Preparing For Financial Emergencies

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When you think about being ready for any emergency, most people will consider issues like making sure they have a first aid kit in the cupboard, fire blankets readily at hand, and, if you live in a flood area, sandbags at the ready. However, most people tend to forget the aftermath of emergencies. No matter what happens, you can pretty much guarantee it will cost money to repair or replace.

In simple terms, it isn’t enough to be ready for anything in a physical sense - you also have to be ready in a financial sense. And the reality is that financial emergencies can occur in run-of-the-mill situations and on a highly regular occurrence. Your car could break down tomorrow, or you might injure yourself and face high medical bills. The truth is you just don’t know what will happen - but you need to be prepared.

I’ve covered how to stop worrying about money before in this blog, but preparing for financial emergencies is a separate - and far more important - topic. Here is everything you need to know about building the financial foundation to prepare for anything. As they say, better safe than sorry.  Let’s get started right away.

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Build an Emergency Fund

The first thing you need to do is to start putting money away in a specific savings account - to be touched only in the event of an emergency. Financial experts say you need between 6-9 months of living expenses to consider yourself safe from the vast majority of situations. This should be enough to help you through the tough times if, say, you were to be made redundant or perhaps face an unexpected illness and all the medical bills that go with it. Sure, 6-9 months sounds a lot, but once you get started squirreling away your spare earnings, you will be surprised at how quickly it takes.

Establish Safety Nets

Do you have people who could loan you money in times where you have nowhere else to turn? Some companies offer quick loans with no credit checks, but these can be expensive in terms of interest rates. It can be cheaper - and better for you in the long run - if you could identify a couple of family members or close friends that would be happy to lend you money in the event of a disaster. Offer them a higher rate of interest than they get in their savings accounts, and establish a payback period. It will cost you less money than borrowing from a mainstream lender, while they earn more than they would get in their usual savings account - and everyone wins.

Keep Records

Don’t forget that if you do need to release cash, you will need things like documents to prove who you are. Imagine your home is affected by flooding and all your important documents are washed away - or destroyed. How will you be able to prove you are who you say when the time comes to withdraw or borrow money from a bank? It’s a good idea to keep original documents like property titles, insurance policies and birth certificates somewhere completely safe. Try your local bank and use a safe deposit box.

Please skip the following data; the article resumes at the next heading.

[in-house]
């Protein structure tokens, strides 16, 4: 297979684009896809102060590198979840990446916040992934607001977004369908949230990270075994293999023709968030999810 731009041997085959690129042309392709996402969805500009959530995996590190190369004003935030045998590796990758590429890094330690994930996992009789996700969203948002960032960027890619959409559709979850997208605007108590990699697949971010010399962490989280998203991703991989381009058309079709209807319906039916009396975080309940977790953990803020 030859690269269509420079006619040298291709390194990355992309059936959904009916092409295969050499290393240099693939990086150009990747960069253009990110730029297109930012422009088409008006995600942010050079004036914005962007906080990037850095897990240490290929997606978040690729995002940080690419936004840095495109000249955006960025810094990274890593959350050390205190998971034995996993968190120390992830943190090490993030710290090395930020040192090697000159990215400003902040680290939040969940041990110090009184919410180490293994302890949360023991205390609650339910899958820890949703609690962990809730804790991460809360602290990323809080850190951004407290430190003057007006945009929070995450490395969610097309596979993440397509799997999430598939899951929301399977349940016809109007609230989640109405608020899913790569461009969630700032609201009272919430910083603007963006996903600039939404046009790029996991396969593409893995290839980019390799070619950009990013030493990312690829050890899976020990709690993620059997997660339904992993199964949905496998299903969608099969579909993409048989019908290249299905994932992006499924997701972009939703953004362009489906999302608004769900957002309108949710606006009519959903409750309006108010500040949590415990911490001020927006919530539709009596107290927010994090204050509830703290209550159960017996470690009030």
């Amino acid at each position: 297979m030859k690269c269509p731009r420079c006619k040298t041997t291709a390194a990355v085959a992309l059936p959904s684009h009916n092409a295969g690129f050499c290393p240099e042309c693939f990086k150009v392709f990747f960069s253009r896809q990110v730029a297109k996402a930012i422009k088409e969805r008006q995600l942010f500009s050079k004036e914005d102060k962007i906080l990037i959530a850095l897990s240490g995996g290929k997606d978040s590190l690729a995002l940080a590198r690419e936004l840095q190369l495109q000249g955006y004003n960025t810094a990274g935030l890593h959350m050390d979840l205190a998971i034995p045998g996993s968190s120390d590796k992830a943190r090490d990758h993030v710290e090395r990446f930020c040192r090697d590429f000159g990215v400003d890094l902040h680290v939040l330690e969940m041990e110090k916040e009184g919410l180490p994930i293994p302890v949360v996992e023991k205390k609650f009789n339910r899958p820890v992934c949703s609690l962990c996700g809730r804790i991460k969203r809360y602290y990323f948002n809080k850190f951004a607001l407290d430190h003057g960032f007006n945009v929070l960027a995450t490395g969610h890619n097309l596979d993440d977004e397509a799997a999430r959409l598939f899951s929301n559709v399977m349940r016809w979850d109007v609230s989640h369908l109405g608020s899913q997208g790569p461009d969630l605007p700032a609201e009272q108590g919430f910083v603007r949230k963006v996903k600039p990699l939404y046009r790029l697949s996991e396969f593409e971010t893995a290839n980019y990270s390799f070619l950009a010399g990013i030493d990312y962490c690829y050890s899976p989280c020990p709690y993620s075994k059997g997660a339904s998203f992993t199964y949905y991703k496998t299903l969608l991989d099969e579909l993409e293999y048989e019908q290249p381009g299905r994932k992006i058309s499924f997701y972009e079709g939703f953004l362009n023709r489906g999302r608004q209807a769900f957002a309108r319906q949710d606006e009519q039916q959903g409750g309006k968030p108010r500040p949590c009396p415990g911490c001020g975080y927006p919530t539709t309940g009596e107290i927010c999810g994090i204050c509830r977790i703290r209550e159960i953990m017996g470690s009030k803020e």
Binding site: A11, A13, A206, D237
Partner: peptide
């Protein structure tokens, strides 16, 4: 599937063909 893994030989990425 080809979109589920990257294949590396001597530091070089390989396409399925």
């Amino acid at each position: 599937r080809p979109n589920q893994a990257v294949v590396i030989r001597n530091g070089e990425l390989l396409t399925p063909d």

The Vital Stash of Cash

Although fewer people are using cash these days, don’t underestimate how important it is. If you are caught up in a disaster, you may not be able to use your cards in local stores, or even access an ATM if the power goes down in your local area. So always have some cash on hand to keep you going for a few days at least. Again, make sure this is stored somewhere completely safe - and don’t succumb to the temptation of spending it!

Keep Up to Date With Insurance

When was the last time you updated your insurance plan? Few people actually bother, and some never do. But here’s the thing. Let’s say you move into a new house. You insure all your possessions and everything is OK. But as you build up your possessions, you have to tell your insurance company or you may invalidate any claim you make in the future. It’s also important to keep all of your insurance information - policy numbers and agent information included - in a safe place.

Target Your Debts Sooner Rather Than Later

Your debts may be entirely manageable right now. But what happens if there is an emergency tomorrow? Or what if you suffer from an injury? Or lose your job? Will those debts still be sustainable? Many sensible people have suffered a great deal by not focussing on their dates when they can, and end up in serious financial trouble when they realize that they can’t. In an ideal world, you should keep your debts down to around a third of your excess income, at the very most.

Budget, Budget, Budget

By now, you should probably have realized that you need to have a reasonable grip on your finances. It’s simply critical to ensure you are budgeting properly as a household. Use spreadsheets, accounting software, or whatever you feel comfortable with, and track and trace every cent that you spend. At first, it may feel like overkill, especially if you have been a little loose with money in the past. But if you know your financial situation now, you will be in a better, safer place tomorrow if there is an emergency.

Check Your Credit and Accounts

Finally, there is another sort of emergency that we haven’t covered yet - fraud. In this modern age, there is a multitude of ways that fraudsters can harm you, from stealing money electronically from your bank through to using your identity to claim credit cards and loans. And the reality is that you may not find out if you are being defrauded until it is too late unless you are keeping close tabs on your financial situation. That means checking your bank on a regular basis, and also keeping abreast of your credit score. Not only will doing this help you avoid fraud, or at the very least, react to it sooner, but it will also help you see when you are overspending.